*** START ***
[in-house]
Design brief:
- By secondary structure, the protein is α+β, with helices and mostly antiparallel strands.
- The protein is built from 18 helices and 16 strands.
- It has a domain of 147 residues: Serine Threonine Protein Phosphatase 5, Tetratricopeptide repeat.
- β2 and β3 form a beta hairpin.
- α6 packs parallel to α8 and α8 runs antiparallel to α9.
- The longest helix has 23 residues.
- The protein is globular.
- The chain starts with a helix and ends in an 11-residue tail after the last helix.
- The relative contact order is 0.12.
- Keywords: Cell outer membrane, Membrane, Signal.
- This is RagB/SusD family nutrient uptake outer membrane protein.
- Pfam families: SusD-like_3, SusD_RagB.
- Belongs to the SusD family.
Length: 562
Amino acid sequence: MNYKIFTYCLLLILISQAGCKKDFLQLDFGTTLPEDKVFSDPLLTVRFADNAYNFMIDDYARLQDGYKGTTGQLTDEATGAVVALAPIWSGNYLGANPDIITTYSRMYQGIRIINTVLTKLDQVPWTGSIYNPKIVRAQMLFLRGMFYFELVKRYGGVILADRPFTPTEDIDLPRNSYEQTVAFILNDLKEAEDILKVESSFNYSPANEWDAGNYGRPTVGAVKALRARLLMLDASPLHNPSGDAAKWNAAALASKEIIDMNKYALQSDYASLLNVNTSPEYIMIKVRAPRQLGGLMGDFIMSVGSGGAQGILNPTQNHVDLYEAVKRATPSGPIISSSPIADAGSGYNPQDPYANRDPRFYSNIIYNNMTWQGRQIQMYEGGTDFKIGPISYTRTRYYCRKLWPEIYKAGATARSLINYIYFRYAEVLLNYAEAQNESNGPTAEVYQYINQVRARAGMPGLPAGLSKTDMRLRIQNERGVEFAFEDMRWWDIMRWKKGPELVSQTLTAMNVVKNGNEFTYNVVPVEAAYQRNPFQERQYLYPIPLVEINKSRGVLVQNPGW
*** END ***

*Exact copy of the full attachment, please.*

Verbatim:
[in-house]
Design brief:
- By secondary structure, the protein is α+β, with helices and mostly antiparallel strands.
- The protein is built from 18 helices and 16 strands.
- It has a domain of 147 residues: Serine Threonine Protein Phosphatase 5, Tetratricopeptide repeat.
- β2 and β3 form a beta hairpin.
- α6 packs parallel to α8 and α8 runs antiparallel to α9.
- The longest helix has 23 residues.
- The protein is globular.
- The chain starts with a helix and ends in an 11-residue tail after the last helix.
- The relative contact order is 0.12.
- Keywords: Cell outer membrane, Membrane, Signal.
- This is RagB/SusD family nutrient uptake outer membrane protein.
- Pfam families: SusD-like_3, SusD_RagB.
- Belongs to the SusD family.
Length: 562
Amino acid sequence: MNYKIFTYCLLLILISQAGCKKDFLQLDFGTTLPEDKVFSDPLLTVRFADNAYNFMIDDYARLQDGYKGTTGQLTDEATGAVVALAPIWSGNYLGANPDIITTYSRMYQGIRIINTVLTKLDQVPWTGSIYNPKIVRAQMLFLRGMFYFELVKRYGGVILADRPFTPTEDIDLPRNSYEQTVAFILNDLKEAEDILKVESSFNYSPANEWDAGNYGRPTVGAVKALRARLLMLDASPLHNPSGDAAKWNAAALASKEIIDMNKYALQSDYASLLNVNTSPEYIMIKVRAPRQLGGLMGDFIMSVGSGGAQGILNPTQNHVDLYEAVKRATPSGPIISSSPIADAGSGYNPQDPYANRDPRFYSNIIYNNMTWQGRQIQMYEGGTDFKIGPISYTRTRYYCRKLWPEIYKAGATARSLINYIYFRYAEVLLNYAEAQNESNGPTAEVYQYINQVRARAGMPGLPAGLSKTDMRLRIQNERGVEFAFEDMRWWDIMRWKKGPELVSQTLTAMNVVKNGNEFTYNVVPVEAAYQRNPFQERQYLYPIPLVEINKSRGVLVQNPGW